Memories of the Civic

By Jill Passmore, Visitor Experience Co-ordinator

My family moved to Oshawa in 1986, not long after I turned seven years old. We lived in a nice area within walking distance to schools, shops, and the Oshawa Centre, but best of all the Civic Auditorium. I have so many great memories of the Civic that were brought back after commenting on a photo in the Facebook group Vintage Oshawa; it was posted a few weeks ago and I decided to write about those memories.

Civic Auditorium

My brother, sister and I all took swimming lessons at the Civic. This was brought on after my brother fell into the creek at Camp Samac and could not swim. Back then, the levels were divided up by colour and you received a badge if you passed the level. Currently all of mine are sewn onto my campfire blanket that we used for Cub and Scout campfires at Samac. At the time, the Civic also had two diving boards, the ‘high diving board’ and ‘the low one.’ I can clearly remember my sister belly flopping off the high one. I only jumped off once and that was enough for me.

We took swimming lessons because that is what my parents said we had to do. It was ok, but I have awful memories of being made to go grocery shopping (Miracle Mart in the Whitby Mall) afterward with dry skin from the pool and static-y hair from the dryers.

My best friend in elementary school was a synchronized swimmer and their club trained at the Civic. I spend many evenings there watching her train and watching competitions. Until 2005, the only viewing gallery was upstairs. For swimming lessons, parents would get their kids changed in the lower floor change rooms then go up to watch their kids in the upper gallery. Within the gallery there was also tiered seating. The higher up you sat, the hotter it got – but that’s where the cool kids sat to watch the synchro competitions.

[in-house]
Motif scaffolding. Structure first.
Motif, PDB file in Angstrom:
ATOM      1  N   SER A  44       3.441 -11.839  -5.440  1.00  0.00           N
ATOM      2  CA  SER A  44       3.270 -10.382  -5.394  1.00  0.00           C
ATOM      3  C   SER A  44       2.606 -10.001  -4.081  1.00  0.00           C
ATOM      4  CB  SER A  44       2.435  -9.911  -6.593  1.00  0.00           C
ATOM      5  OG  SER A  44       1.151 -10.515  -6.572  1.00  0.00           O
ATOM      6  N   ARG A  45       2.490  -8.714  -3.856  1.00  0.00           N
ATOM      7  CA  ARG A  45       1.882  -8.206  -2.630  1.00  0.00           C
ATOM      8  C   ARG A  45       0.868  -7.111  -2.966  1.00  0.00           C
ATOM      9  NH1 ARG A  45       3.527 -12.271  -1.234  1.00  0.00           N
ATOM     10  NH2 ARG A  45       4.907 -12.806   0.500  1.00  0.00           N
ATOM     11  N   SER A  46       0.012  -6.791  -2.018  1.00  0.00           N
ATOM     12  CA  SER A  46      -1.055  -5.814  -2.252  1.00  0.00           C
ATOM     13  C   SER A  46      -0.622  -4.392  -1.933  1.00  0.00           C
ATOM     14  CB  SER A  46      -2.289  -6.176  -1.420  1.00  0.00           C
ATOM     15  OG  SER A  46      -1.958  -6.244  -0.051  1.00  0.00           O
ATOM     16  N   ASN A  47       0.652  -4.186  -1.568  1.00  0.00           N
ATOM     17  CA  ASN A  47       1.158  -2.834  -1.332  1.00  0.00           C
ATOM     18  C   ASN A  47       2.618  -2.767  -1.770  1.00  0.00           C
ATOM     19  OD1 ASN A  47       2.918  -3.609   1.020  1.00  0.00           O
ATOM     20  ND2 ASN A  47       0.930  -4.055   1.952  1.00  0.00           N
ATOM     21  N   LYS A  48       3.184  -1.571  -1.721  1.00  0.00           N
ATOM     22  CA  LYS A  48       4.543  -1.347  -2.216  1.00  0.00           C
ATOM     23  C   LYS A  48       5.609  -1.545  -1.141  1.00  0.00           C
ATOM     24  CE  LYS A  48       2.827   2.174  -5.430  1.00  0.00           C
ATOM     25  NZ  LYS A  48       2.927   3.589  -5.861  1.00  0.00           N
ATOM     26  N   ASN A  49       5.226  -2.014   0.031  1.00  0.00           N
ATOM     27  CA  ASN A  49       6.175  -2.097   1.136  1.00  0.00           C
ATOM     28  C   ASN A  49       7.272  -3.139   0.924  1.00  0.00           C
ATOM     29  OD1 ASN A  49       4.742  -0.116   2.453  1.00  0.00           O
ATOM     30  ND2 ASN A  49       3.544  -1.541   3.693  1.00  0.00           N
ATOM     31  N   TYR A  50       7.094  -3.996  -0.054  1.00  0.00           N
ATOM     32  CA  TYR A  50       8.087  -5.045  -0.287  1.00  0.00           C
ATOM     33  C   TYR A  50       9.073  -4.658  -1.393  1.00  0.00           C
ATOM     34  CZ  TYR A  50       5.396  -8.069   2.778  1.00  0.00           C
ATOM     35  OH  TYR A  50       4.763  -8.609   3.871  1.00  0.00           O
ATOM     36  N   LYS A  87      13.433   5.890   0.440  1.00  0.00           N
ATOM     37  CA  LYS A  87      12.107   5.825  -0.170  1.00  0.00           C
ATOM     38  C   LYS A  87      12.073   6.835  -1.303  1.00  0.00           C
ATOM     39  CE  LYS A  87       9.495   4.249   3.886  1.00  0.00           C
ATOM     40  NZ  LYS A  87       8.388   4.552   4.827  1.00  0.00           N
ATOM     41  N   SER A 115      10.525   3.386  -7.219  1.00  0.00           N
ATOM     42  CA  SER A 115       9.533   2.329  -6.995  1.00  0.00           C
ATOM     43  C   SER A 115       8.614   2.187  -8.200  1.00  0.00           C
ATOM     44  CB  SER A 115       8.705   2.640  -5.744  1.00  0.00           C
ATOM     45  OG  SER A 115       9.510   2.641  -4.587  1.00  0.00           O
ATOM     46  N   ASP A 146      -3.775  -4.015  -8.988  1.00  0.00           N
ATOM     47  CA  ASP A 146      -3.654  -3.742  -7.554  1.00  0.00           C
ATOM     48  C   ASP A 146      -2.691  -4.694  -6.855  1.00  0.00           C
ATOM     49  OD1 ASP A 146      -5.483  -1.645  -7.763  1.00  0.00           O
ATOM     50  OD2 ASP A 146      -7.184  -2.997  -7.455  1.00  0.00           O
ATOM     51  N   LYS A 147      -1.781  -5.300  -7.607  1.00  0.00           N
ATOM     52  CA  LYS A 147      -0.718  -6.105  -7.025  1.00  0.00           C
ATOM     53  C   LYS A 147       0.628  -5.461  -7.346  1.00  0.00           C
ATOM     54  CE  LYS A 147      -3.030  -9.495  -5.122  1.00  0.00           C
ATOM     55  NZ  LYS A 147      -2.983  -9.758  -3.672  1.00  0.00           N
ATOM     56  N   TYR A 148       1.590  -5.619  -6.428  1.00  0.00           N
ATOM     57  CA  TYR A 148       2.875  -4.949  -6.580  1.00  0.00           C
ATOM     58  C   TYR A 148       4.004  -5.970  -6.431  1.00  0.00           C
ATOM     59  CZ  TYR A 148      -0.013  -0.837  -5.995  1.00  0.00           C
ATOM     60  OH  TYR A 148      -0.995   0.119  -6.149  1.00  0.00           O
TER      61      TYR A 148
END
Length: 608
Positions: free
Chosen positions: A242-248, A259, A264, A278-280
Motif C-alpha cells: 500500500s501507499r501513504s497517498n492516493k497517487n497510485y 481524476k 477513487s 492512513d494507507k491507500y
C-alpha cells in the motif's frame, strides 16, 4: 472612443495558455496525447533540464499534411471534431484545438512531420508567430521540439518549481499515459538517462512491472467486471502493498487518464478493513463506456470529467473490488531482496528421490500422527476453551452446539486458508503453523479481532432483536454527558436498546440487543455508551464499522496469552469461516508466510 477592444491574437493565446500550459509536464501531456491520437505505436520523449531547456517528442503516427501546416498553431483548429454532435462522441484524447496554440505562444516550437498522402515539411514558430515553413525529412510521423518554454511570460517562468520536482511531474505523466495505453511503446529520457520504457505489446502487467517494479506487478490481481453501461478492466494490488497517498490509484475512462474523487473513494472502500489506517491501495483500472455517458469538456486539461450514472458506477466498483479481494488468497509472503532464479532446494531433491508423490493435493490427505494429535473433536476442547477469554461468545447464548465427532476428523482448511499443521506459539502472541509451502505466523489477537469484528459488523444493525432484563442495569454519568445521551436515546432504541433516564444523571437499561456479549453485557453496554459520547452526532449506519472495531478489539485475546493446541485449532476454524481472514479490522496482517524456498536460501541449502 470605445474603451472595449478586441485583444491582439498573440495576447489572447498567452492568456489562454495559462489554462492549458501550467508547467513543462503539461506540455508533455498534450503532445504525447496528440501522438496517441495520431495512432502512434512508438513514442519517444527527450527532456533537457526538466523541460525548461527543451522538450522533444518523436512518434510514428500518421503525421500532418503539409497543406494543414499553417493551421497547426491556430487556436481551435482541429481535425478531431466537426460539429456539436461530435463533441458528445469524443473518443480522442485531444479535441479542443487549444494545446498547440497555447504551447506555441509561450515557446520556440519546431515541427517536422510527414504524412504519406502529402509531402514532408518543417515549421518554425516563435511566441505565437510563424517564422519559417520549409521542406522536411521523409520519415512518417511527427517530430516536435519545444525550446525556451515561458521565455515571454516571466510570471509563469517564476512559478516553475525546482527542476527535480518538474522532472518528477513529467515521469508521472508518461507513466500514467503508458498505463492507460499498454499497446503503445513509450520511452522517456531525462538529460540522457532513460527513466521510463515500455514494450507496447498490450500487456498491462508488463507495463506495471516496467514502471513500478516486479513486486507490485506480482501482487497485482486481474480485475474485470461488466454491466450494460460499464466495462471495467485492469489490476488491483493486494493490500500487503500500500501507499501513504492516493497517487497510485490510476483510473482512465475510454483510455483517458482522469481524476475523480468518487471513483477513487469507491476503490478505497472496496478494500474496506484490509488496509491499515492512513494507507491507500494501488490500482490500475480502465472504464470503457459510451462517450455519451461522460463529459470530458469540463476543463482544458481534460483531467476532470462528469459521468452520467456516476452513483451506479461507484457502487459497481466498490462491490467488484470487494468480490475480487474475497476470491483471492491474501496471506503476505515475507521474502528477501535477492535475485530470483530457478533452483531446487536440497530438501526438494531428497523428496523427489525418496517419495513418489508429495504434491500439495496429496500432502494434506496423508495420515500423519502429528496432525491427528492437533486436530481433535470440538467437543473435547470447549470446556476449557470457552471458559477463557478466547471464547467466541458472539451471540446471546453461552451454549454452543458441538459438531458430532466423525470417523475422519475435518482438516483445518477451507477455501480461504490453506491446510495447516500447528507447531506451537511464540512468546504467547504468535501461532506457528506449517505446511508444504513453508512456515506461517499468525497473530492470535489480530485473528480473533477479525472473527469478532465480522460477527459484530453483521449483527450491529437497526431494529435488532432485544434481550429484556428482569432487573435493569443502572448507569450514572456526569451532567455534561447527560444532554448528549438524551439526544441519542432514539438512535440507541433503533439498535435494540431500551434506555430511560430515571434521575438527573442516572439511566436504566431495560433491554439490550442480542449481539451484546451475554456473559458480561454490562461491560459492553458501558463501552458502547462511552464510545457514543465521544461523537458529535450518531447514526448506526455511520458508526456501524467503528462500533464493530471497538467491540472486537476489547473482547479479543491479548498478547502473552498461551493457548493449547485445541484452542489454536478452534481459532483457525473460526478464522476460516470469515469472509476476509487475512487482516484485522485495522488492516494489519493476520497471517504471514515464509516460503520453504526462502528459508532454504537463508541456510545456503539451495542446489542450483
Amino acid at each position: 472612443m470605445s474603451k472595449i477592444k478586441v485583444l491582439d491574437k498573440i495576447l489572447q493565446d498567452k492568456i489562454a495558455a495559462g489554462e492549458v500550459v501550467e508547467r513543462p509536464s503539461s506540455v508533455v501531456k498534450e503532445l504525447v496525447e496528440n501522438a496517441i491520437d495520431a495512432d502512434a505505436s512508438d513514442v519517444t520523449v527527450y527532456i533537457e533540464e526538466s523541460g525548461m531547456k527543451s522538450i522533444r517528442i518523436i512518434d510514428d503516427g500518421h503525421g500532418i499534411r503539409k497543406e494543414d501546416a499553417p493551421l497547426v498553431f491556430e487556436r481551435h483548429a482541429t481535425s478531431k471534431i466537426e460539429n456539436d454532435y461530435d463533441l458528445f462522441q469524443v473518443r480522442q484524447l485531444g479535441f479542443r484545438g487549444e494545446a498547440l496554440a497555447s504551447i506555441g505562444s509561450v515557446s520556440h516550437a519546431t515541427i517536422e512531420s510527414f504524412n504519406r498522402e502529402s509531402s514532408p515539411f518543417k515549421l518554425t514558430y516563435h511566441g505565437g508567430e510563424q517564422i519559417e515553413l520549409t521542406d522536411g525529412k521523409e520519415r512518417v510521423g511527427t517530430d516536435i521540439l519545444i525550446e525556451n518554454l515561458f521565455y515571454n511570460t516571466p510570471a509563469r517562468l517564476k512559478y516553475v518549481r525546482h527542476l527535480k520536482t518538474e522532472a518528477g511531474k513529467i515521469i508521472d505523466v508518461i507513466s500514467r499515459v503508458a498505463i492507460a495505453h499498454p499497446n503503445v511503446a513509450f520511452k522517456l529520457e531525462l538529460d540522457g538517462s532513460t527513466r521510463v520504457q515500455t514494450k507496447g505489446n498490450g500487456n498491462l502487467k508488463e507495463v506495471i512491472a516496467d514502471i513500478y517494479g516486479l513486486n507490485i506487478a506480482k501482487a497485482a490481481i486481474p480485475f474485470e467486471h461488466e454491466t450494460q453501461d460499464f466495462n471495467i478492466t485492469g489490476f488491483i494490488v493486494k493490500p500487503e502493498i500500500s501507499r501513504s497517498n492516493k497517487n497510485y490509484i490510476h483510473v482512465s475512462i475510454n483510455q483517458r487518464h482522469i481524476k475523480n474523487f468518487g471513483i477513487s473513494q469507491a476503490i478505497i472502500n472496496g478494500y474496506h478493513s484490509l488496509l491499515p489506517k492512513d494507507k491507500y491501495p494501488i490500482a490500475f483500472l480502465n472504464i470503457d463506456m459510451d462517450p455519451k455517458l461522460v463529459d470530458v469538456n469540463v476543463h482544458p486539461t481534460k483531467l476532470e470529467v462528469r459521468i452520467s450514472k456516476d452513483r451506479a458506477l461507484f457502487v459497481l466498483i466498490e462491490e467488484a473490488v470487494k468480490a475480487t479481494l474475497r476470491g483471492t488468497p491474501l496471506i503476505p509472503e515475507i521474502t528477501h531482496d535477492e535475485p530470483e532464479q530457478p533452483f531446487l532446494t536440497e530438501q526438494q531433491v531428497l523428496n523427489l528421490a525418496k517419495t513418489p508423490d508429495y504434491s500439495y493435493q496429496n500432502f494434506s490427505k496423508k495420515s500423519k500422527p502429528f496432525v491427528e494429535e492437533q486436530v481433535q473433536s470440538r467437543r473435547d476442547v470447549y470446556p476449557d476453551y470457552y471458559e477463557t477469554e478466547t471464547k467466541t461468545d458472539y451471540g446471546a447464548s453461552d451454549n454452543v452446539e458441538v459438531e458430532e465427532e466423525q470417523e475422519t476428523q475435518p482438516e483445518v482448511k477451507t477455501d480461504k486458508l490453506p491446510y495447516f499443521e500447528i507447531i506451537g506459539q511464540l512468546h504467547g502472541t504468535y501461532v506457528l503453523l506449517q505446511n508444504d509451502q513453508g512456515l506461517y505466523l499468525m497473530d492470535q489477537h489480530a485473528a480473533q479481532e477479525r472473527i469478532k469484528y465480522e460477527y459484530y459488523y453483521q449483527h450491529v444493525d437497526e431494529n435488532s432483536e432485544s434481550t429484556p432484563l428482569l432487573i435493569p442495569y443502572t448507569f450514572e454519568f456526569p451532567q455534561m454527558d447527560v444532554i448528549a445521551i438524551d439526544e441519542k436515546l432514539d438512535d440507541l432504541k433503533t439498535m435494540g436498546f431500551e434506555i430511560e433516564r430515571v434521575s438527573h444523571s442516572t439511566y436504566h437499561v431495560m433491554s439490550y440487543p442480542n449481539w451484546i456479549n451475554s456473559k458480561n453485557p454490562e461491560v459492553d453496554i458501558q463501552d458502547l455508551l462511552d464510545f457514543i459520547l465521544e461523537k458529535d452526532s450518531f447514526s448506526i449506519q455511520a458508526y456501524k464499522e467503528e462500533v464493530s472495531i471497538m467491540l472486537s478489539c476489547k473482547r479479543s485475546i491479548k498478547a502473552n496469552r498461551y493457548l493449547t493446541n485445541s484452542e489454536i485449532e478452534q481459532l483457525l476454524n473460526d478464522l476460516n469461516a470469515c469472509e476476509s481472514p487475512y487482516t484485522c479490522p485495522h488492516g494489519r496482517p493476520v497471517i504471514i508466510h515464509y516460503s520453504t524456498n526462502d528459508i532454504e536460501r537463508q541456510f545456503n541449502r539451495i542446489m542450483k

Me and another girl helped our synchro friend ‘train’ by running the track in the Dome with her. Mostly we would just mess around, but that changed when the Dome was removed to be replaced in 1990. It seemed like it was down forever! In 1999, the Dome actually did collapse under high winter winds in March. It meant months of seeing a weird gap where it had once stood until it was reopened on November 1, 1999.

We spent an enormous amount of time in the arena as a family too. Almost weekly, we would walk over on Sunday’s for public skating. Low wooden boards, only comfortable enough to sit of a minute or two, partitioned ‘the baby section.’  The grown ups and big kids skated counter clockwise around the rest of the rink. I don’t remember the direction alternating. There were tons of great songs to skate to, but the one that sticks out the most was the instrumental Theme from St. Elmo’s Fire by David Foster and the version with lyrics St. Elmo’s Fire (Man in Motion) by John Parr. Any time I hear the first few bars of that song it instantly takes me back to that time.